Sergei Skripal discharged from hospital after being poisoned by ‘deadly’ agent
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Sergei Skripal, the Russian double-agent poisoned in Salisbury, has been discharged from hospital, according to the NHS. Sergei’s discharge follows that of his daughter, Yulia, who was also poisoned in March.
Citing patient confidentiality, NHS England said they were unable to comment on any details about patients, but said: “Treating people who are so acutely unwell, having been poisoned by nerve agents, requires stabilizing them, keeping them alive until their bodies could produce more enzymes to replace those that had been poisoned.”
Following the poisoning on March 4, UK Prime Minister Theresa May stated the government’s chemical laboratory at Porton Down had identified the “military-grade” nerve agents used in the attack as the Soviet Union-developed Novichok.
Speaking in the House of Commons, May suggested that either the Russian government was behind the attack or lost control of its supplies, allowing the “potentially catastrophically damaging nerve agent” to fall into the hands of others.
Foreign Secretary Boris Johnson had backed May’s claims that it was Novichok, explaining to Deutsche Welle that Porton Down scientists had confirmed to him that the nerve agent was used.
But two weeks later, these claims were debunked by Gary Aitkenhead, chief executive of the Defense Science and Technology Laboratory (DSTL) at Porton Down, who said scientists had not “identified the precise source.”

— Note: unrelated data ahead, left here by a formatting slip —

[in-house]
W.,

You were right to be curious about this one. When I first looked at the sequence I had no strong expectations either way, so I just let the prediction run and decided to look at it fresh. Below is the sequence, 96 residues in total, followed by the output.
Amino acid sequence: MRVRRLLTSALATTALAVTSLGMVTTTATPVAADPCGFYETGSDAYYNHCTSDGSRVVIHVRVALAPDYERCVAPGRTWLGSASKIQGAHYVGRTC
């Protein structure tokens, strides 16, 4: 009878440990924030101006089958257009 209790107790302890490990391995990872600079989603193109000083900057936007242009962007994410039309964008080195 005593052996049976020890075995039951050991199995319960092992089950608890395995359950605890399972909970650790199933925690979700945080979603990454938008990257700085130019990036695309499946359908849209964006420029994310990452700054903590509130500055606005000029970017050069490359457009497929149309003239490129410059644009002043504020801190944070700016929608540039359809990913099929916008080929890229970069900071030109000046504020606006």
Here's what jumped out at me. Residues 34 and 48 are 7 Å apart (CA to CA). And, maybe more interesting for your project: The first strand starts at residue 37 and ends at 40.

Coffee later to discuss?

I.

Following Aitkenhead’s comments, the Foreign Office released a statement saying it had been “clear from the very beginning” that Porton Down had identified the type of substance as Novichok.
Novichok refers to a group of Soviet-era nerve agents developed in the 1970s and 1980s. Other countries, including Iran and the Czech Republic, also had versions of the nerve agent, with the former successfully synthesizing Novichok in 2016 alongside the OPCW.
Yulia and Sergei Skripal were reportedly in a critical condition for weeks following the attack, at one point, their doctors feared that they would suffer brain damage if they managed to survive. The pair's health subsequently improved rapidly, and Yulia was discharged from hospital last month.
Salisbury District Hospital Chief Executive Cara Charles-Barks said: “It is fantastic news that Sergei Skripal is well enough to leave Salisbury District Hospital.”
The fact that the Skripals “have been able to leave us so soon after coming into contact with this nerve agent is thanks to the hard work, skill and professionalism of our clinicians, who provide outstanding care to all our patients, day in and day out,” she added. “They’ve demonstrated the very best of the NHS.”
Questions over the Skripals’ current whereabouts have also been raised. Yulia Skripal has not been seen since her release from hospital in early April, prompting claims by relatives that she has been ‘detained’ by the UK and prevented from speaking freely.
Her cousin Viktoria was also denied a visa by the Home Office when she tried to visit the Skripals while they were in hospital. A second attempt made to apply for a visa last month was also denied, with the Home Office saying that her application “did not meet the requirements of immigration rules.”
The British government insists that the Kremlin was behind the attack on the Skripals, who were reportedly poisoned by a nerve agent administered on the door handle of Sergei’s home in Salisbury. Yulia was discharged from hospital five weeks ago, but has not given any interviews since being released. Russia denies any involvement.
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